Bars, tattoo shops, and a lot of individuals order small panels as presents. I’ve just got my first commission for a boat!

What do you love most about making the glass?
For the first time, I’m in control, not relying on others. It’s good knowing panels last for hundreds of years (without bricks thrown at them). I doubt if one of my CDs will be played in 150 years, but one of my panels might be lurking somewhere. It’s an art form that hasn’t changed since the 1500s, apart from electric kilns and soldering irons, yet what I do feels original because of the tattoo inspiration. I could do with a few less cuts though.

You were apprenticed to Dan Gold weren’t you? How did that come about?
He tattooed me when he worked at Bugs’ in Camden; he liked my band, I loved his work. We went on a bender or two…there’s no such thing as a swift half in Gold’s world. We became good friends. He was setting up King’s Cross Tattoo at a time when I was lost and looking for something. I became Grasshopper!!

Why did you decide to move away from tattooing?
2002 was a messy year for me. I lost my dad, grandmother, girlfriend, home and then my job as a result. I went on one for a while and let myself get pushed away from tattooing. It’s so competitive; everyone wants your job. But, as I said earlier, if I had been fully into it, I wouldn’t have let it go.

You’ve played in quite a few bands over the years. How has that worked alongside the stained glass project?
I’m in control of the bands I’m in now. I don’t mean I’m the boss, but I’m not going to be sent on tour to America for 6 months unless I want to go. I was touring with The Dogs D’Amour as the glass stuff started taking off. As the tour went on, I got more and more agitated that I should be home getting on with commissions. I found a replacement guitarist and jumped ship. Of course, as soon as I was home sweating over a panel, I wished I were back on the bus, the good ship hedonism. I know I made the right choice though.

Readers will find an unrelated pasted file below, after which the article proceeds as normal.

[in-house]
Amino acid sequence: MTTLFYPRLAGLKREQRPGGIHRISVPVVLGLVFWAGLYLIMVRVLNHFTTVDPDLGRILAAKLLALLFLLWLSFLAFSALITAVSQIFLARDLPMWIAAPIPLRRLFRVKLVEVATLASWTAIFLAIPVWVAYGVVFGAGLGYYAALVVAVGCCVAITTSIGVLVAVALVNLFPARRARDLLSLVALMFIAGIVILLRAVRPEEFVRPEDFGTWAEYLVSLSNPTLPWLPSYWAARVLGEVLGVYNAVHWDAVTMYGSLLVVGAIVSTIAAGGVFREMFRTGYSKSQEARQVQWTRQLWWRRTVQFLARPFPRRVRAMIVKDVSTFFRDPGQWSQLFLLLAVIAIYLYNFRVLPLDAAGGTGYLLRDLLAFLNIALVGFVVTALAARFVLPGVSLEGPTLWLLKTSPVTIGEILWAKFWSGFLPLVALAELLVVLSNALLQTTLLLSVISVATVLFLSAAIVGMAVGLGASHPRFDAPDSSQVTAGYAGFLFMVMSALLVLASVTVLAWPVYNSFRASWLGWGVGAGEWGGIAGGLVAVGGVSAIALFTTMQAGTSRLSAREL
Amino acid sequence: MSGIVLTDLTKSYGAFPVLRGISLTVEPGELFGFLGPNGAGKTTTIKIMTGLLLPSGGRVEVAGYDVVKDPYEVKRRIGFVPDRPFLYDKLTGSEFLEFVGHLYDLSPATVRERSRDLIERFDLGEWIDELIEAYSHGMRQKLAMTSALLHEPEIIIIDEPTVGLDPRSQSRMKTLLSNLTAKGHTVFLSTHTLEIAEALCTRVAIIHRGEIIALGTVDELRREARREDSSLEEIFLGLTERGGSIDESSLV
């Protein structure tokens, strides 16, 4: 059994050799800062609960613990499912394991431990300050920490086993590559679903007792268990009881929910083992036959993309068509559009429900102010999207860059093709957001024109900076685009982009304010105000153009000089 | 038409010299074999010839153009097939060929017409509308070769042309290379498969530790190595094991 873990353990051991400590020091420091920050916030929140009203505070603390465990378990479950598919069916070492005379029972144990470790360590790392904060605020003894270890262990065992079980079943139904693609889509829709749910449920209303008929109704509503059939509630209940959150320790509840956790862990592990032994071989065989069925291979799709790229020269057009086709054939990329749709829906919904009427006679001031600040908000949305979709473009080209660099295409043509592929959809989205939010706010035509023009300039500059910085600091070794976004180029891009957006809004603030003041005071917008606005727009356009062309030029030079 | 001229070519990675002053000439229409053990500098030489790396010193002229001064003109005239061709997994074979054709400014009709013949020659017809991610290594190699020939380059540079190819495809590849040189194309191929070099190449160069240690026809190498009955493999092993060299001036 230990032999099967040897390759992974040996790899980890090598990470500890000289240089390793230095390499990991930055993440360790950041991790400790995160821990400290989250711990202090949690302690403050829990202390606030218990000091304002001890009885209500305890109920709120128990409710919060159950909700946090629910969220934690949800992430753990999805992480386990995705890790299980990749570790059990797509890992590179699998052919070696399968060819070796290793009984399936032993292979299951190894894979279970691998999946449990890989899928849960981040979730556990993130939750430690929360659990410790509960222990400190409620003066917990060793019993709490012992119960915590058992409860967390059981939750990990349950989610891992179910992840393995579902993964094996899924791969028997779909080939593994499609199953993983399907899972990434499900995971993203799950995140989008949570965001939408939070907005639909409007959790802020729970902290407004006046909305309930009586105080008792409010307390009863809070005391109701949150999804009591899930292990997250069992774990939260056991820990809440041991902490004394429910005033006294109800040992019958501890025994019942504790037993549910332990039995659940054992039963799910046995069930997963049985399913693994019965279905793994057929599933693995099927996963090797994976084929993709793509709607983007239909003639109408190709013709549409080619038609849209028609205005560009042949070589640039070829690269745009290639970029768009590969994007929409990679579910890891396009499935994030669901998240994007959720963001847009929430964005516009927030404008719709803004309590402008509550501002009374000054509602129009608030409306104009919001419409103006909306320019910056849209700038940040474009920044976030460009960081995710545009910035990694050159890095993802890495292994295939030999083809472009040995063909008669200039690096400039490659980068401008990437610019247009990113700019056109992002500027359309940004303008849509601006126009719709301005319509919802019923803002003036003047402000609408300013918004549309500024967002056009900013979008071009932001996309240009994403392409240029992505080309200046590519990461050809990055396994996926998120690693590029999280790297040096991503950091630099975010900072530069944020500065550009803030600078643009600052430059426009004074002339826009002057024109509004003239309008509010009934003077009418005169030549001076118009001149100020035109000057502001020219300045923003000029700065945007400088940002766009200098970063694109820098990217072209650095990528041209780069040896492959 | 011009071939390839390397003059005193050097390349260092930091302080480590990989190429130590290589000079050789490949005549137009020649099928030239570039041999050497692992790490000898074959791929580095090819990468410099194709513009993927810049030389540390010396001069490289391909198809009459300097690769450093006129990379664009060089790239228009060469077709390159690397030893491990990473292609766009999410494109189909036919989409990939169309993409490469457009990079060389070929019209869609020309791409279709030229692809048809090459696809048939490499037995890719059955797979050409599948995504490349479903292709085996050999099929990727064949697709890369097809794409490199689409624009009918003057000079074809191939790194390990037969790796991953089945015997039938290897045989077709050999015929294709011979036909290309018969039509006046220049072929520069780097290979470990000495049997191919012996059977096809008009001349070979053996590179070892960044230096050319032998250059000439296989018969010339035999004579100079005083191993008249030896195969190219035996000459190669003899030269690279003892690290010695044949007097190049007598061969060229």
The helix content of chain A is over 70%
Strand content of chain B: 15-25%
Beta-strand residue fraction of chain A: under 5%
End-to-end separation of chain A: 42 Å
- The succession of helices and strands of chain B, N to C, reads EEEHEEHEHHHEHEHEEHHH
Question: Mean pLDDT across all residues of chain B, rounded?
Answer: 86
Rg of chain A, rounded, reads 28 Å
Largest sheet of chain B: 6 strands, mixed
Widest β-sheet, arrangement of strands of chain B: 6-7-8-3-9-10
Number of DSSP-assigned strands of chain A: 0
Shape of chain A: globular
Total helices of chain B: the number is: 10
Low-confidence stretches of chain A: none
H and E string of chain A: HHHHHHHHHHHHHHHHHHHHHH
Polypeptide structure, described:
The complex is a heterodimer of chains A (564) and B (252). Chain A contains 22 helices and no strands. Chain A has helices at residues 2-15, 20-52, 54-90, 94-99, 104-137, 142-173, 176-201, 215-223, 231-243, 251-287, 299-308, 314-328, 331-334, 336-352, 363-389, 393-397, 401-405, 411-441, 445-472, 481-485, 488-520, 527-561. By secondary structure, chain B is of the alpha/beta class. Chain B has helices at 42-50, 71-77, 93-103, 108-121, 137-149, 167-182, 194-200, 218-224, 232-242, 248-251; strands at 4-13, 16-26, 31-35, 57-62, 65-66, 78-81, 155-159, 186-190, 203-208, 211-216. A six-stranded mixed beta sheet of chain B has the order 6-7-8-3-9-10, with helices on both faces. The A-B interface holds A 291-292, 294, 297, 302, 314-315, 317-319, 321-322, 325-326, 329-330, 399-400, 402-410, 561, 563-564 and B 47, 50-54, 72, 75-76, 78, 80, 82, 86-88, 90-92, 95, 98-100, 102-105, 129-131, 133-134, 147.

Do you still keep busy on the music front?
The Loyalties’ album (So Much For Soho) is out in June here, Japan and Canada. We are in the process of licensing it to other territories. There are a few short tours this year. Fast Lane Roogalator is my family band - me and my brothers put it together after my dad’s death. He was a singer/songwriter - John B Spencer. It was to carry on his work, but also our way to help get over losing him. We are playing the Rhythm Festival this summer and a festival in Crete (it’s a hard life, eh?). We have an album out later this year.

Tell us a few tales from the road…
This one time at band camp…NO! What goes on the road, etc. Having said that, I am working on a book on that subject that a TV company are interested in. It’s fictional officially, so I don’t incriminate anyone, including myself!

What else do you get up to when you’re not making stained glass or music?
Just got married to lovely Maz, and I have two children – Stephanie, 18 (who always wants credit) and Alfie, 9 (who wants to play for the mighty Queens Park Rangers). I’m trying to fight the screaming urge to always go down the pub by spells on the wagon and by keeping fit. I also love smoking. The ban has made me so pro smoking, can’t get enough of it. Probably would have given up otherwise. There’s a song on the Loyalties album called ‘Love’s a Drag’ where I vent my spleen.

What are your future plans?
I’m happy, so more of the same - interesting commissions and a bit of touring. I could do with earning more though. It’s so hard to make ends meet, especially in London. I don’t want to charge more - I just want everything else to cost less. Maybe I need a manager!


Interview: Alex Photography: Tom Spencer


Skin Deep 162 1 July 2008 162